Remote Video Pilot Program Launched in Cook County Circuit Courts

remote video pilot programThe Illinois Supreme Court Access to Justice Commission (ATJ Commission) and the Circuit Court of Cook County have partnered on a new Remote Video Pilot program. The program will allow individuals to appear for cases remotely in three different divisions of the Cook County Circuit Courts. The pilot was launched on December 2, 2019 and will run through November 30, 2020.

This news is in line with the Illinois Judicial Branch Strategic Agenda. The strategic goals for the judicial branch include embracing technology to deliver timely and efficient court services.

“We believe using technology to broaden the ways litigants and attorneys are able to appear in court will reduce barriers some face in participating in their court case and improve judicial efficiency overall,” said First District Appellate Court Justice and ATJ Commission Chair Mary K. Rochford in a press release announcing the Remote Video Pilot program.

Two judges from each of the Chancery, County and Domestic Relations Divisions will oversee the use of remote video in their courtrooms. The Chancery Division will use remote video for contested mortgage foreclosure cases on two calendars. The County Division will use it for mental health proceedings, such as a mental health case management call one day per week or when a party is in a different county or state. The Domestic Relations Division will use remote video for one individual calendar status call and one individual post-decree call.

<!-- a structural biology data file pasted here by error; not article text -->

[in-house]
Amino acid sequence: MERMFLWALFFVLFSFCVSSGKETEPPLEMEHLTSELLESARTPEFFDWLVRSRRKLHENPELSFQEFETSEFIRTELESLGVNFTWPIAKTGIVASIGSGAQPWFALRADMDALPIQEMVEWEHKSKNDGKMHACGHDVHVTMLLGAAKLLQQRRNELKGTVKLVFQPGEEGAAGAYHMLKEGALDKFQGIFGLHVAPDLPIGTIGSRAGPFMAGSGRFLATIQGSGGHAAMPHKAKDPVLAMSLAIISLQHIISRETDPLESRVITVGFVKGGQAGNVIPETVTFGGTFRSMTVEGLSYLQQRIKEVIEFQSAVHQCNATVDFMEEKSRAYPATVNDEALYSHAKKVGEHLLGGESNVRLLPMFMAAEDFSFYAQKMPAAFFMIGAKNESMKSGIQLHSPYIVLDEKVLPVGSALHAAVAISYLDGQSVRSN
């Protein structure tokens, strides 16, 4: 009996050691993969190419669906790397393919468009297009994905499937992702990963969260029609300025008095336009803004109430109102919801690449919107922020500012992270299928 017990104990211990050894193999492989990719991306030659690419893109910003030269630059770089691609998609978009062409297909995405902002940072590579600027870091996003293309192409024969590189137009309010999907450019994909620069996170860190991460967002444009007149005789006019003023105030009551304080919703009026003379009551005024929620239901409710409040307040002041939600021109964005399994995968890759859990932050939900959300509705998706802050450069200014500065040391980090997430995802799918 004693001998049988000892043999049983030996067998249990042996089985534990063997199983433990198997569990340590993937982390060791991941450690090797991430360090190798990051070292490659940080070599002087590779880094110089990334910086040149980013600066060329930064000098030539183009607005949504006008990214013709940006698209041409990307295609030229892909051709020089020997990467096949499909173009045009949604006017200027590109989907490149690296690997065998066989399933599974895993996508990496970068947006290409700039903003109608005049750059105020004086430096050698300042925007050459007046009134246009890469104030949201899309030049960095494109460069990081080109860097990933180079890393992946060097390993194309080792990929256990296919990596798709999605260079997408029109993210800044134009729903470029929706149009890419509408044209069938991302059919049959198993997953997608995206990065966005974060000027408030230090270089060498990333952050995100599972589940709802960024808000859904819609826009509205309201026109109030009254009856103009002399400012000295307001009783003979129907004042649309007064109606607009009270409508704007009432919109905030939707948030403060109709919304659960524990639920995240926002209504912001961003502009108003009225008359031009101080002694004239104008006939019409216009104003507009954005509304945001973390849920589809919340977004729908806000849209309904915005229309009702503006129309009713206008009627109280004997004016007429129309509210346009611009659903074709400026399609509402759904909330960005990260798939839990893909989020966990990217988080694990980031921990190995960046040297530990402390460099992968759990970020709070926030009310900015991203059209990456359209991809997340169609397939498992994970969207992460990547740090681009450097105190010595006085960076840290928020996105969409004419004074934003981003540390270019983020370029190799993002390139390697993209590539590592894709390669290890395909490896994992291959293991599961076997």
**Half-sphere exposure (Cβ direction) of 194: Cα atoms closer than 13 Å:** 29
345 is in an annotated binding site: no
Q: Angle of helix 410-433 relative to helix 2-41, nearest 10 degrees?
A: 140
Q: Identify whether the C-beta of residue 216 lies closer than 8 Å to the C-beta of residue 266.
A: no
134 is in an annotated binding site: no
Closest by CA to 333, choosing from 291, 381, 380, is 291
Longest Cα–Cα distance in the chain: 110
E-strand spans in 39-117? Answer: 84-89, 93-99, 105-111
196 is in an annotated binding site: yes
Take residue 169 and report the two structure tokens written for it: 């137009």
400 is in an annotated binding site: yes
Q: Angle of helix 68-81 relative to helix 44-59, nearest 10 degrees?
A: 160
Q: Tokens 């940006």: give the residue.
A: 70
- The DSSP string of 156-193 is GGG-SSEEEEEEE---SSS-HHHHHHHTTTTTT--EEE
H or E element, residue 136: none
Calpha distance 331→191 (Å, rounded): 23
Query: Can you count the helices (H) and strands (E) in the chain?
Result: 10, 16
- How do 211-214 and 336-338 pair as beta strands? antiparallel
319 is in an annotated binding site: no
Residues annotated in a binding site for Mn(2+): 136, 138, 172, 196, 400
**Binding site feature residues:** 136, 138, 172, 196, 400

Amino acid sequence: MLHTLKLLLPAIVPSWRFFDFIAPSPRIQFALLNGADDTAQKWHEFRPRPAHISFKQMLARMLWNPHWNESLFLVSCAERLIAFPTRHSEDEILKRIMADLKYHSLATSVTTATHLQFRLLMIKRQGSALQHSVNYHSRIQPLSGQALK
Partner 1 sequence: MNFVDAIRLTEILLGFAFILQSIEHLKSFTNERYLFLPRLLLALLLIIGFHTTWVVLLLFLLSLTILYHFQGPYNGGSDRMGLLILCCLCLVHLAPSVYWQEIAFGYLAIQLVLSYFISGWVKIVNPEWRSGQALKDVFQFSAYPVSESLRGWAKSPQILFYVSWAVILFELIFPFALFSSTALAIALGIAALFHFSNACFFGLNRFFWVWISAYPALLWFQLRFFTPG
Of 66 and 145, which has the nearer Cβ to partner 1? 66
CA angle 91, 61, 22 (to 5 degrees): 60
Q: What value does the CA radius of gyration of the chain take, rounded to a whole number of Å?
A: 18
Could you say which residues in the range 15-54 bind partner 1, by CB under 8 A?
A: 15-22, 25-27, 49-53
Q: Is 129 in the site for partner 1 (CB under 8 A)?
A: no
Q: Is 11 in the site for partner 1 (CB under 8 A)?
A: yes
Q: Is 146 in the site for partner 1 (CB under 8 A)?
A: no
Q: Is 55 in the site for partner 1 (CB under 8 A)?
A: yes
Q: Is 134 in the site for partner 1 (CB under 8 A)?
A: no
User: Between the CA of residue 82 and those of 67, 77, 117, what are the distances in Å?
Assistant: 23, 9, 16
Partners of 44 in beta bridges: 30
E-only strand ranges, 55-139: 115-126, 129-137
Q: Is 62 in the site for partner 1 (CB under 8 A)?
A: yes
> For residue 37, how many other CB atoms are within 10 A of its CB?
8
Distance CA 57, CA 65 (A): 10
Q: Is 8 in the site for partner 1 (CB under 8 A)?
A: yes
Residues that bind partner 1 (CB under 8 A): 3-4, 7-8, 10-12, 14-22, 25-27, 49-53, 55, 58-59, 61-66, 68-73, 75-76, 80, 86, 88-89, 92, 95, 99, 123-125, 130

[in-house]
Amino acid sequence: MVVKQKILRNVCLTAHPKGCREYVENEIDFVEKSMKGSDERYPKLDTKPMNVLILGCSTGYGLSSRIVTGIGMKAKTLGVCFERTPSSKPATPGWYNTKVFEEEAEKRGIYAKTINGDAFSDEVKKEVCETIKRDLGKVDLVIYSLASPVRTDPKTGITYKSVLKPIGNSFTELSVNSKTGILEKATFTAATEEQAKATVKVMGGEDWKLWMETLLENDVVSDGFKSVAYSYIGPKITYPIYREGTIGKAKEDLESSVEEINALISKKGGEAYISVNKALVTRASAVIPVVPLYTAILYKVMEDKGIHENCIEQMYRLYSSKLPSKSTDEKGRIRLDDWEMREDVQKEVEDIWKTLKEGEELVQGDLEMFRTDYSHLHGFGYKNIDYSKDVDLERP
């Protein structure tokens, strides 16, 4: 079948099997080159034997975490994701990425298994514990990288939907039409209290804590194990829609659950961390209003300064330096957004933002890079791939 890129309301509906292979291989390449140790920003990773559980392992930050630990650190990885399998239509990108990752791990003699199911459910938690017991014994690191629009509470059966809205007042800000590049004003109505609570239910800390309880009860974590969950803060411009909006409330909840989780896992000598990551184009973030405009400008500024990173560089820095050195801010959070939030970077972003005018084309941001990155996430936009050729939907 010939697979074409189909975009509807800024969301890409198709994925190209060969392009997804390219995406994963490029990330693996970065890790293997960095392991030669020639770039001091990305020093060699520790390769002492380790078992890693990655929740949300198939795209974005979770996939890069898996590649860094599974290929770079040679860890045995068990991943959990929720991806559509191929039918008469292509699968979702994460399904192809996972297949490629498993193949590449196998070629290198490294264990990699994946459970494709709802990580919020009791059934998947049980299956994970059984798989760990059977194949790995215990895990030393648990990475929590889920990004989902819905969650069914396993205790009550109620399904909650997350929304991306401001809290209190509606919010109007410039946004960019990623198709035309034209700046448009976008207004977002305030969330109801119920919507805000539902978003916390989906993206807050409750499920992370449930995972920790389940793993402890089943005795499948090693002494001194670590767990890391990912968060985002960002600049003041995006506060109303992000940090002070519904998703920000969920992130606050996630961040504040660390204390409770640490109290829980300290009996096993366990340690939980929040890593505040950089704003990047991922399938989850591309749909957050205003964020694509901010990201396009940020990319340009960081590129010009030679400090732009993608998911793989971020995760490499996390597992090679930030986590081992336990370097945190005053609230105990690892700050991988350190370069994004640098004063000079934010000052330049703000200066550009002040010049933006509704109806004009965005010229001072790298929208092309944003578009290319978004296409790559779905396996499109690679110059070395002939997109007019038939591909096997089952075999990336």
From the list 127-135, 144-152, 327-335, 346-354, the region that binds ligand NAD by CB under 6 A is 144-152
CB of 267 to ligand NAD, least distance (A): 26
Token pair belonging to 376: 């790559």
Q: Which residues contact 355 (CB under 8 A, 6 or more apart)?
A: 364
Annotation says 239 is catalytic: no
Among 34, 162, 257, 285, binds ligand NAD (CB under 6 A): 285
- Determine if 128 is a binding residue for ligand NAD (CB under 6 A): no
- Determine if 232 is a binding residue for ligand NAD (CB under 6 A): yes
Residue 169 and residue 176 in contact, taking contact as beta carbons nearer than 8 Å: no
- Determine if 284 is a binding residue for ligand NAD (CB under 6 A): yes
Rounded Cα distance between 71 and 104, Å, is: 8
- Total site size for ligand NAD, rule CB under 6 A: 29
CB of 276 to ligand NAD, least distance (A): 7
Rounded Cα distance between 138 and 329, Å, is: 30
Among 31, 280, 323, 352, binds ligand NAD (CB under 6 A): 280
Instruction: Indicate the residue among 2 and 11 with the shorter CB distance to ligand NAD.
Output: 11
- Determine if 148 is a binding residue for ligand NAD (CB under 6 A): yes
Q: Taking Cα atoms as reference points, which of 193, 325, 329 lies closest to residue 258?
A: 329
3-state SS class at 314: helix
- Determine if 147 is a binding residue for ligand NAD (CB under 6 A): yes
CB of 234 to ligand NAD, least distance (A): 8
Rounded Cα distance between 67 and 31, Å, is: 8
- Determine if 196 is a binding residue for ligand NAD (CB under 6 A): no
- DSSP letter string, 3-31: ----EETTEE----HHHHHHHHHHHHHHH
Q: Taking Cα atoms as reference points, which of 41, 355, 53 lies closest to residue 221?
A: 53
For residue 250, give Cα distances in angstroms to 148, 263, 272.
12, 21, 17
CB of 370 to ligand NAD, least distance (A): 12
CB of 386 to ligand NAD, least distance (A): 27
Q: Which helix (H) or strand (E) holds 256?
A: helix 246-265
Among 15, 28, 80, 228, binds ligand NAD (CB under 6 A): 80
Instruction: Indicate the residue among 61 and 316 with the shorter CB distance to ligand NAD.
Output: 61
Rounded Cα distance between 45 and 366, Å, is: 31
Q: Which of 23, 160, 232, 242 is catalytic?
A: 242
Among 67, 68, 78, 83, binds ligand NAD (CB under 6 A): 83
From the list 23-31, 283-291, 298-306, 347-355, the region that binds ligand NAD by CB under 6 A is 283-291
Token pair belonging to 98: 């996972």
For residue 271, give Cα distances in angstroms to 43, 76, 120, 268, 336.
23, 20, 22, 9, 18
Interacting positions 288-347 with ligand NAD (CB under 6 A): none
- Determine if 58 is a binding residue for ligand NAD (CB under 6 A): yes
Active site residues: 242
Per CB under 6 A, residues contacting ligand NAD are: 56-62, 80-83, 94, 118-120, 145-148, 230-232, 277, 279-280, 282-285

“As we look at ways to enhance access to justice in civil cases, video appearances will allow litigants to agree to participate in court in a convenient way,” said Circuit Court of Cook County Chief Judge Timothy C. Evans in a press release. “For example, a litigant in a foreclosure or divorce can download an application on a cellphone and appear in court on a break from work. For mental health proceedings, the judge may visit multiple hospitals in one day via video conferencing, as opposed to traveling to each facility to hold court. Doctors and health-care staff may address the court from their offices, saving them the time it takes to travel downtown.”

Data collected during the Remote Video Pilot program will determine the practicality of expansion throughout Cook County and statewide.

Illinois Supreme Court Rules 185 and 241 allow for remote appearances.

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Sloane Oxley-Hase
Sloane Oxley-Hase served as a Communications Specialist at the Illinois Supreme Court Commission on Professionalism.

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Sloane Oxley-Hase
Sloane Oxley-Hase served as a Communications Specialist at the Illinois Supreme Court Commission on Professionalism.

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